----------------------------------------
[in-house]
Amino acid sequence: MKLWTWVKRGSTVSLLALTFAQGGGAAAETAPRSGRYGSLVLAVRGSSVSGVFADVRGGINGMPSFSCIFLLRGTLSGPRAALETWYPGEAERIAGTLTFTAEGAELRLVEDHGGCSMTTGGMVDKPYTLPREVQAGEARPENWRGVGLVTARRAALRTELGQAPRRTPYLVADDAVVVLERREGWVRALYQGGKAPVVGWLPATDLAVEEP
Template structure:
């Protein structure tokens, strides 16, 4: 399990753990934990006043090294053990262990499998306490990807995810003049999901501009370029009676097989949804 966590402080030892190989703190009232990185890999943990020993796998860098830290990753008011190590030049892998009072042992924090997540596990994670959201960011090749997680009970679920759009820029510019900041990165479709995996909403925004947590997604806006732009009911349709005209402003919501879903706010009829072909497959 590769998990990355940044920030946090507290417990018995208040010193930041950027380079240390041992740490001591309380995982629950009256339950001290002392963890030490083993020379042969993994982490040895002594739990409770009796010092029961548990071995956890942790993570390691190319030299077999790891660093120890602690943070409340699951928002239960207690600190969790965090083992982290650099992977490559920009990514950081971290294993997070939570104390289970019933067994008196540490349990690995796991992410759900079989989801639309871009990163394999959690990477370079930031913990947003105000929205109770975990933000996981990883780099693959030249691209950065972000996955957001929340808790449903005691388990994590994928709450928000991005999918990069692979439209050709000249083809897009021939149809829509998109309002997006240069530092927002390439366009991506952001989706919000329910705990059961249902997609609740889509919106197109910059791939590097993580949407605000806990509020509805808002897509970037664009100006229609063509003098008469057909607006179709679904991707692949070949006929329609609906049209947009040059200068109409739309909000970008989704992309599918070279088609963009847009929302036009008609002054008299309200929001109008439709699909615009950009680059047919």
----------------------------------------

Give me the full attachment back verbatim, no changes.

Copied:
[in-house]
Amino acid sequence: MKLWTWVKRGSTVSLLALTFAQGGGAAAETAPRSGRYGSLVLAVRGSSVSGVFADVRGGINGMPSFSCIFLLRGTLSGPRAALETWYPGEAERIAGTLTFTAEGAELRLVEDHGGCSMTTGGMVDKPYTLPREVQAGEARPENWRGVGLVTARRAALRTELGQAPRRTPYLVADDAVVVLERREGWVRALYQGGKAPVVGWLPATDLAVEEP
Template structure:
């Protein structure tokens, strides 16, 4: 399990753990934990006043090294053990262990499998306490990807995810003049999901501009370029009676097989949804 966590402080030892190989703190009232990185890999943990020993796998860098830290990753008011190590030049892998009072042992924090997540596990994670959201960011090749997680009970679920759009820029510019900041990165479709995996909403925004947590997604806006732009009911349709005209402003919501879903706010009829072909497959 590769998990990355940044920030946090507290417990018995208040010193930041950027380079240390041992740490001591309380995982629950009256339950001290002392963890030490083993020379042969993994982490040895002594739990409770009796010092029961548990071995956890942790993570390691190319030299077999790891660093120890602690943070409340699951928002239960207690600190969790965090083992982290650099992977490559920009990514950081971290294993997070939570104390289970019933067994008196540490349990690995796991992410759900079989989801639309871009990163394999959690990477370079930031913990947003105000929205109770975990933000996981990883780099693959030249691209950065972000996955957001929340808790449903005691388990994590994928709450928000991005999918990069692979439209050709000249083809897009021939149809829509998109309002997006240069530092927002390439366009991506952001989706919000329910705990059961249902997609609740889509919106197109910059791939590097993580949407605000806990509020509805808002897509970037664009100006229609063509003098008469057909607006179709679904991707692949070949006929329609609906049209947009040059200068109409739309909000970008989704992309599918070279088609963009847009929302036009008609002054008299309200929001109008439709699909615009950009680059047919």